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23 games, 5 burning questions

February 21,2018 01:23

For the non-math majors out there: He has missed 50 games. Fifty. 5-0. Leonard is out indefinitely (again) while making his way back from tendinopathy in his right quadriceps. The plan has always been for Leonard to return before the end of the regular ...and more »

Photo: Eric Gay, STF / Associated Press

San Antonio Spurs guard Danny Green, right, stands at the bench with injured teammates Kawhi Leonard, second from left, and Rudy Gay, center, during the second half of an NBA basketball game against the Indiana Pacers, Sunday, Jan. 21, 2018, in San Antonio. Indiana won 94-86. (AP Photo/Eric Gay)
San Antonio Spurs guard Danny Green, right, stands at the bench...

On Thursday afternoon, the Spurs’ charter plane will lift off from San Antonio International Airport, bound for Denver.
It will be the first day of the rest of their season.
The All-Star break in the metaphorical rearview, the Spurs find themselves in an unaccustomed position. They are in third place in the Western Conference, yet over the season’s final 23 games they will have to fight simply to keep themselves in the playoff hunt.
Here are five questions, the answers to which could set the course for the Spurs’ stretch run:
1. I mean, seriously, what’s the deal with Kawhi Leonard?
For much of the season to date, Kawhi has been more like Ka-who? The Spurs’ best player, erstwhile MVP candidate and All-Star dynamo who makes them a title contender has appeared in nine games this season.
Nine. Out of 59. For the non-math majors out there: He has missed 50 games. Fifty. 5-0.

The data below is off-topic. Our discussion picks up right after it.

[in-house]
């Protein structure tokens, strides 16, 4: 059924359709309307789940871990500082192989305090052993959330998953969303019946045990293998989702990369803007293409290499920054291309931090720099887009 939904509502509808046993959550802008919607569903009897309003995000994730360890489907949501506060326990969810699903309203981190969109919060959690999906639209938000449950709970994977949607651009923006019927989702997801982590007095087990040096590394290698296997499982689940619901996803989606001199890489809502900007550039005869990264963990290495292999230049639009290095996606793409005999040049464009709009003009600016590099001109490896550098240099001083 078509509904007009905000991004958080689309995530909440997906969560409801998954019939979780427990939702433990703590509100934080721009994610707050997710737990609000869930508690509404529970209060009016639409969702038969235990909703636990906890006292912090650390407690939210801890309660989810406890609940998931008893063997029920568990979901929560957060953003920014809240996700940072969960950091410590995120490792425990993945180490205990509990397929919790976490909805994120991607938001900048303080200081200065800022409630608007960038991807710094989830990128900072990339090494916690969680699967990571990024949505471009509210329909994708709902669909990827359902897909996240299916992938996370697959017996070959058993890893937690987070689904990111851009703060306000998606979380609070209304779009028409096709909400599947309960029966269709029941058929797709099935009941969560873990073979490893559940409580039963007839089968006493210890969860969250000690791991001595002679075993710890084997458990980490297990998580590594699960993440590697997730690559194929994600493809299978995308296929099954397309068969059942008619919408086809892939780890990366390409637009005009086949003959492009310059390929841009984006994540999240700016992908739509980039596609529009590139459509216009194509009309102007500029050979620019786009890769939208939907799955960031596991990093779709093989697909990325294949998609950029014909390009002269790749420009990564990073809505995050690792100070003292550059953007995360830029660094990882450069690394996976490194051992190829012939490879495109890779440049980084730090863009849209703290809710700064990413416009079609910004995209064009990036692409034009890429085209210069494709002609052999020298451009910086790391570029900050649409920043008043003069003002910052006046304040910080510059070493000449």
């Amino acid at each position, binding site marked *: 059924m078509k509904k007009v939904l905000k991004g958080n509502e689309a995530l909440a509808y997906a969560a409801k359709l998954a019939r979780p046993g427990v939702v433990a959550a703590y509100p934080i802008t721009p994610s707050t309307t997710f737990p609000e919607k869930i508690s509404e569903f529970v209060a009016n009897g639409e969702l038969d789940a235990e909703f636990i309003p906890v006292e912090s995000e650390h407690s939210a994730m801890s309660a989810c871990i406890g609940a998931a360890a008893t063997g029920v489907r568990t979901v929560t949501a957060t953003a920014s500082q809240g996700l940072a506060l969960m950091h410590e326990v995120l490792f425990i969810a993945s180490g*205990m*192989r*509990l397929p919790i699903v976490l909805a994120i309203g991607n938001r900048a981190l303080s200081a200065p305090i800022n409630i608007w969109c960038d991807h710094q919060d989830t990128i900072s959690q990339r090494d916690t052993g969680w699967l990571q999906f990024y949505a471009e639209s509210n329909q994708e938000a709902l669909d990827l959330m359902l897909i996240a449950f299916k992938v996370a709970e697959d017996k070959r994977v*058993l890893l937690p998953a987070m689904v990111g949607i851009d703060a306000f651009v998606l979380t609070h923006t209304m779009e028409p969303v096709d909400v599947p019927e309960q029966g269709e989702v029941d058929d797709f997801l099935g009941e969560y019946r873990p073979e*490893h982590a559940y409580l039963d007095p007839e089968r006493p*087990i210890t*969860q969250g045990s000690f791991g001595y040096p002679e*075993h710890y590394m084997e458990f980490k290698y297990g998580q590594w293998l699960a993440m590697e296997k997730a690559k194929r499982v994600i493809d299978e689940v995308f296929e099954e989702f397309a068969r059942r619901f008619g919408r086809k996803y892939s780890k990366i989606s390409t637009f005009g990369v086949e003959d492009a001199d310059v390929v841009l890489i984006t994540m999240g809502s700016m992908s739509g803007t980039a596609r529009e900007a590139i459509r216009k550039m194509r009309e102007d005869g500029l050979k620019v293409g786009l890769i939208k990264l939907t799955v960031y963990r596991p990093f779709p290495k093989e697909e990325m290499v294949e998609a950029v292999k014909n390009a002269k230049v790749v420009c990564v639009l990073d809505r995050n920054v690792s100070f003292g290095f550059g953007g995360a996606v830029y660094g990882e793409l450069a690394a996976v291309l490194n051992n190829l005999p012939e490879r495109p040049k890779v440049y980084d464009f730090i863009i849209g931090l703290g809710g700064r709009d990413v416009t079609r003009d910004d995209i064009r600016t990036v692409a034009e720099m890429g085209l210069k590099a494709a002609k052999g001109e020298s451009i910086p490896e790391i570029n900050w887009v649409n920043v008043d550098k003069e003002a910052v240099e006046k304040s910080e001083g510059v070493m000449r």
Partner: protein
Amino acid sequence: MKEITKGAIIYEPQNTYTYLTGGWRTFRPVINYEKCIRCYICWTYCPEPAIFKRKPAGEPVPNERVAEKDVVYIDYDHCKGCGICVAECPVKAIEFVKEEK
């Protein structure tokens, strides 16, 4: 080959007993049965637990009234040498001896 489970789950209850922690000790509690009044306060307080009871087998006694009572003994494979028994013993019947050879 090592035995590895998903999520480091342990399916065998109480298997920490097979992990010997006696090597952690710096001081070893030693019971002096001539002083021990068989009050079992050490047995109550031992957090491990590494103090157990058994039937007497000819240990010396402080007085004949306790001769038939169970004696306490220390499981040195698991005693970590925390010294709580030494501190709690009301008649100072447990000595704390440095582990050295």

Leonard is out indefinitely (again) while making his way back from tendinopathy in his right quadriceps. The plan has always been for Leonard to return before the end of the regular season.
If that’s the case, he is running out of time.
The Spurs’ fortunes are undoubtedly tied to improvement in Leonard’s quadriceps. If he can somehow return to full strength in time to get in playoff shape, the Spurs will have a chance to make a deep postseason run. If not, it’s going to be a scrape simply to qualify for the playoffs.
2. Yeah, but the Spurs are going to win 50 games again because they always do, right?
Not so fast. It is true the Spurs have won 50 games for 18 consecutive seasons, an NBA record that would have been extended by two had the 1998-99 campaign not been shortened by lockout.
The Spurs are 35-24 so far this season, needing to go 15-8 the rest of the way to attain that magic mark. On paper, it seems doable.
The uncertainty surrounding Leonard, along with a closing schedule that rates as the league’s toughest, could conspire to put an end to that streak. Remember, the Spurs can only log eight more losses and still hit the 50-win mark. Their remaining slate includes two games apiece against West frontrunners Houston and Golden State, a home-and-home with Oklahoma City, a trip to newly revitalized Cleveland and another game against a dangerous Minnesota team.